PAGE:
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Blood Pressure

What does my score mean?

Compare your scores with the table below*. Use the highest of your two numbers to work out your classification. If high, try retesting in a quiet place.

Systolic BP Diastolic BP Action
Low BP <90 >60
Optimal BP 120 80
Normal BP 100 – 139** 60-89
High – normal 130-139 85 – 89
Grade 1 hypertension 140 – 159 90 – 99 see GP for recheck
Grade 2 hypertension moderate 160 – 179 100 – 109 see GP ASAP & refer to OH
Grade 3 hypertension severe >180 >110 see GP or A&E same day & refer to OH

**Diabetes sufferers should aim to keep their BP below 130/80mmHg.

What is blood pressure?
Blood pressure (BP) is the pressure exerted by circulating blood upon the walls of blood vessels:

Systolic – This is the peak pressure exerted on the walls of the arteries as the blood pumps away from the heart. The walls of the arteries expand as the blood is forced through them.
Diastolic – As the heart relaxes between beats and refills with blood ready for the next beat, the
arteries contract and the blood is moved around.
Resting heart rate – The number of times the heart beats every minute when relaxing. At rest the heart normally beats about 72 times per minute. The lower the score, the fitter the individual usually is.

Changes in your blood pressure
Blood pressure changes throughout the day according to the level of the individual’s activity. It is normally at its lowest in the latter part of the sleep period.

High blood pressure
High blood pressure is a risk factor for heart disease or stroke. If your blood pressure is consistently high, it will need to be treated either by making changes to your lifestyle or by taking medication. If your blood pressure is consistently above 140/90mmHg see your GP.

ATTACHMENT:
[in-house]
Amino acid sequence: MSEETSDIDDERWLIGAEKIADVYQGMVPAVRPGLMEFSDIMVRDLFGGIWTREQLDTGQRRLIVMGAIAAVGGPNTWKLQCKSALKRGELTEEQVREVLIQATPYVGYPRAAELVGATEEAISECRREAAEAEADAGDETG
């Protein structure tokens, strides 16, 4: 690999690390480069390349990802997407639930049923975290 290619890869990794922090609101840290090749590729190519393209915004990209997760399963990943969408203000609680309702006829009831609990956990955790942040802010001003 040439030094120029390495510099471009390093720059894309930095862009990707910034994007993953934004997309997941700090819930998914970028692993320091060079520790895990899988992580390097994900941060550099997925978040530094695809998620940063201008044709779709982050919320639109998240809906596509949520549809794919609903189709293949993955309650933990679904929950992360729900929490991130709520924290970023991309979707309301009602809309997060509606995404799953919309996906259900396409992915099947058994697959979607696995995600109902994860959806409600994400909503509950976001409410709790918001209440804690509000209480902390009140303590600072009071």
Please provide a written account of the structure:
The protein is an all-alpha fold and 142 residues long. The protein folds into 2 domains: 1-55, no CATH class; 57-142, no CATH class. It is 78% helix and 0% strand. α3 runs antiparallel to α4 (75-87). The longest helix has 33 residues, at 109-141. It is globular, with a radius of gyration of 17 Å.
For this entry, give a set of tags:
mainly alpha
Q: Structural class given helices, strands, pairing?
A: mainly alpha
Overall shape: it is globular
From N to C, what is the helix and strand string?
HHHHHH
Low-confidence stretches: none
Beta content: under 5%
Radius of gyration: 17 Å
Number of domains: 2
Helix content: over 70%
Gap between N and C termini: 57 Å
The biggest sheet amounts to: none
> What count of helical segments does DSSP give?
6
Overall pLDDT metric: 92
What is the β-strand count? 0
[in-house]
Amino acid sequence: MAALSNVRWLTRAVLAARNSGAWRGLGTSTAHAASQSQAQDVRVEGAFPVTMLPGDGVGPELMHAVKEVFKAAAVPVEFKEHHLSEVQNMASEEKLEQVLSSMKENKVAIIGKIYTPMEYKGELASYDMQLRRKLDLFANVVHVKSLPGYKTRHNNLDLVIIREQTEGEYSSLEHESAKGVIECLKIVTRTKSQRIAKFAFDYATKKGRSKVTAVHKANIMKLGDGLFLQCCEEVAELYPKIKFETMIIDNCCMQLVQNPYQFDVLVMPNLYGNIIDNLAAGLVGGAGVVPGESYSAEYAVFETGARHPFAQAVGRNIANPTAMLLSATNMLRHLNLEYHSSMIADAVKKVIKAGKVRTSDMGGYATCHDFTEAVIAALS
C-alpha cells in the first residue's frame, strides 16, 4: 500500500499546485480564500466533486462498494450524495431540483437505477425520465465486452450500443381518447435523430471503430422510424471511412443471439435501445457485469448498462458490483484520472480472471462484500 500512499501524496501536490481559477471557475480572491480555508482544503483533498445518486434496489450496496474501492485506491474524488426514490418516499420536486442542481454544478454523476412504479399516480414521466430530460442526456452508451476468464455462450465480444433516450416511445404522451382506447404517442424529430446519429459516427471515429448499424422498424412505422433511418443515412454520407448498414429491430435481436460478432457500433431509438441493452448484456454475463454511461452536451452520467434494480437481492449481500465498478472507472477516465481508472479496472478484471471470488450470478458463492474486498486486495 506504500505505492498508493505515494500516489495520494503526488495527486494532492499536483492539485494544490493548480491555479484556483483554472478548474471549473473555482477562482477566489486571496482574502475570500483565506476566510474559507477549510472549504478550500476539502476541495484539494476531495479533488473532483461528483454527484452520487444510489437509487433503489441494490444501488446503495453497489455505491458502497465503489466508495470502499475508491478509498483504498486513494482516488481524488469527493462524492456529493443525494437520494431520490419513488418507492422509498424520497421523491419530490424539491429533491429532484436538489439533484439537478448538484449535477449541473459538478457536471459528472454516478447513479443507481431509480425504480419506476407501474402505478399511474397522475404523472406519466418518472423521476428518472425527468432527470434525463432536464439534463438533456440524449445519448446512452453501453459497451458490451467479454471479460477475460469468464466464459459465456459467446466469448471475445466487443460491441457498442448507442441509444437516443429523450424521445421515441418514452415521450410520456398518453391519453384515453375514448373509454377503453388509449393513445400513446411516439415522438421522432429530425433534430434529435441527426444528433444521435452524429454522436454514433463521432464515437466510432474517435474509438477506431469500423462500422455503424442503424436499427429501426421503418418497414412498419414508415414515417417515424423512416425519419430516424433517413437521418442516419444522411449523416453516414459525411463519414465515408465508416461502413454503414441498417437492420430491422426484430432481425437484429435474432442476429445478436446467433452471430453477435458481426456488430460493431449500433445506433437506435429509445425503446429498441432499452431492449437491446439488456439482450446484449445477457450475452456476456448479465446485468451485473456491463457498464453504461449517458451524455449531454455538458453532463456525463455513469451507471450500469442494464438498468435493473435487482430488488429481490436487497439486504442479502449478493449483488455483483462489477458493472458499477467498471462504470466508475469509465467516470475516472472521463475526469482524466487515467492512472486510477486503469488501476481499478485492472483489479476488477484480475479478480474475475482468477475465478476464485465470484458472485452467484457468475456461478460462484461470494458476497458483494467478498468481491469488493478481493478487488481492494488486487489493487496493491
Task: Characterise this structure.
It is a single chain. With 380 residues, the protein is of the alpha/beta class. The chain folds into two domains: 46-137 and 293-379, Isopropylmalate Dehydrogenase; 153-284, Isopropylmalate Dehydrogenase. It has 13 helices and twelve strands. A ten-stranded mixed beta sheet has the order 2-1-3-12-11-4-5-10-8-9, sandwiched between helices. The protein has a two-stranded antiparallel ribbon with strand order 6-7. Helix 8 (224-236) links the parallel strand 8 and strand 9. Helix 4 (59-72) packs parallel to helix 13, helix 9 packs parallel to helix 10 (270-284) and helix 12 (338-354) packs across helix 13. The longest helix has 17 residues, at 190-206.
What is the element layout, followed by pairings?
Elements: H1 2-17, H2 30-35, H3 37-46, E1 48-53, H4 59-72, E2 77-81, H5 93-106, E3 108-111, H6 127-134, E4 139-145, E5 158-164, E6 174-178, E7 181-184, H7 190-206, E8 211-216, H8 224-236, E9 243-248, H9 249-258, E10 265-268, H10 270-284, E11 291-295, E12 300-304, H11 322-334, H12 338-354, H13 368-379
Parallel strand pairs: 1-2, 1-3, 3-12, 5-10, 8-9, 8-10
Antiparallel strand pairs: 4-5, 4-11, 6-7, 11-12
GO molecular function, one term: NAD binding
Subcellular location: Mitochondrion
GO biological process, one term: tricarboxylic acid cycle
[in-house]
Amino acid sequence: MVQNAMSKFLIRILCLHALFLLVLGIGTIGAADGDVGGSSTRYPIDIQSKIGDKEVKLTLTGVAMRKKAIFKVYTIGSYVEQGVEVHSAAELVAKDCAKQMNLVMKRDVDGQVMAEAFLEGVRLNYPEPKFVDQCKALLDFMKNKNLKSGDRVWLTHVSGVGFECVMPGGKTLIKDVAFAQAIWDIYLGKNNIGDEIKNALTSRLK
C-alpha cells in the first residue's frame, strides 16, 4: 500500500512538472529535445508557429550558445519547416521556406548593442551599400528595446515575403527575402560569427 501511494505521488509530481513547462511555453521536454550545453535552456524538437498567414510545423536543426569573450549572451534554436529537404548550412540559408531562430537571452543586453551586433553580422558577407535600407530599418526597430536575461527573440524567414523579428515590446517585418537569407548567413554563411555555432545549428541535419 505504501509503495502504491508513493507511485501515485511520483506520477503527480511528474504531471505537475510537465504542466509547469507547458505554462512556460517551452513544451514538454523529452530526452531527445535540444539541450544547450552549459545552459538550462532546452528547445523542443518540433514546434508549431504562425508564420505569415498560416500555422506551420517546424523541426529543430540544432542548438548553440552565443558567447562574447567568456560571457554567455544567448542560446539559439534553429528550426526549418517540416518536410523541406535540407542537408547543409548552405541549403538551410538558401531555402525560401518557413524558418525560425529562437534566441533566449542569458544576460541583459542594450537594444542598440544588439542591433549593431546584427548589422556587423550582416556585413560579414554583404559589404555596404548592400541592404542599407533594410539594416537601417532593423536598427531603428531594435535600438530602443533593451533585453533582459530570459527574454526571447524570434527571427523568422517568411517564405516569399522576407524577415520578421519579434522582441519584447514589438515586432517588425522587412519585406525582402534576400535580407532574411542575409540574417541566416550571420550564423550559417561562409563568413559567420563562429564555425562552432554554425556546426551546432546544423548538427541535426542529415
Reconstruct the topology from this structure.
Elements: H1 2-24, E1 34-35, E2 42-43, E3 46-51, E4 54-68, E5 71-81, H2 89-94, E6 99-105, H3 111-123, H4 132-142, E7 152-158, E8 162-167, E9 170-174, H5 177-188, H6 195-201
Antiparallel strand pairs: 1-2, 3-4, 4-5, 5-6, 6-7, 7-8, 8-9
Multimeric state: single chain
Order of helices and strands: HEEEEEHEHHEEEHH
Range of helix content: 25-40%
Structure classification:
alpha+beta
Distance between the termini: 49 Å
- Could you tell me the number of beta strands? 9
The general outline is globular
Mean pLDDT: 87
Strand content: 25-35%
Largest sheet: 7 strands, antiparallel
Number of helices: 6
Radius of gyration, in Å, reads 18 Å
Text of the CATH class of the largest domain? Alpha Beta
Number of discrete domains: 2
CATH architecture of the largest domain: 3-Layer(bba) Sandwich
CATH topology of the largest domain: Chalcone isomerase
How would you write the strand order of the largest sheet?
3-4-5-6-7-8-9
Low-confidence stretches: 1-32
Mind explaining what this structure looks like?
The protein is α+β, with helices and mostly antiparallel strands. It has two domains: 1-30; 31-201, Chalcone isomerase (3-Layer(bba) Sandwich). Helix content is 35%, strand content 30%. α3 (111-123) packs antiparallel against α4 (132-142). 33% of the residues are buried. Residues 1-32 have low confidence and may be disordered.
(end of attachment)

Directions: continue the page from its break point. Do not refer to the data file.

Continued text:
Low blood pressure
If your blood pressure is naturally low, it is unlikely that it will cause you any symptoms or require treatment. However, if your blood pressure is consistently below 90/60mmHg see your GP.

Managing blood pressure
1000’s of people each year could be saved from a heart attack or stroke if they managed their blood pressure more efficiently. Here are some things you can do:
• Manage your stress levels
• Maintain a healthy weight (if you are overweight, losing 10kg can reduce your BP by about 5mmHg)
• Stop smoking
• Do not add salt during cooking or at the table. Reducing salt by 5g a day can lower BP by approximately 5mmHg. Aim for less than 6g a day.
• Regular moderate – intensity exercise
• Diabetics or those diagnosed with high BP, must be under GP care.
• Healthy use of alcohol. The NHS recommend men should not regularly drink more than 3-4 units of alcohol a day and women should not regularly drink more than 2-3 units a day. If you’ve consumed a large amount of alcohol, avoid alcohol for 48 hours.

It remains the responsibility of each individual to inform their GP of their BP readings, and if appropriate their line manager too.

References
1. Guidelines Committee (2003) European Society of Hypertension: European Society of Cardiology guidelines for the management of arterial hypertension. J. Hypertens. 21, 1011-1053.

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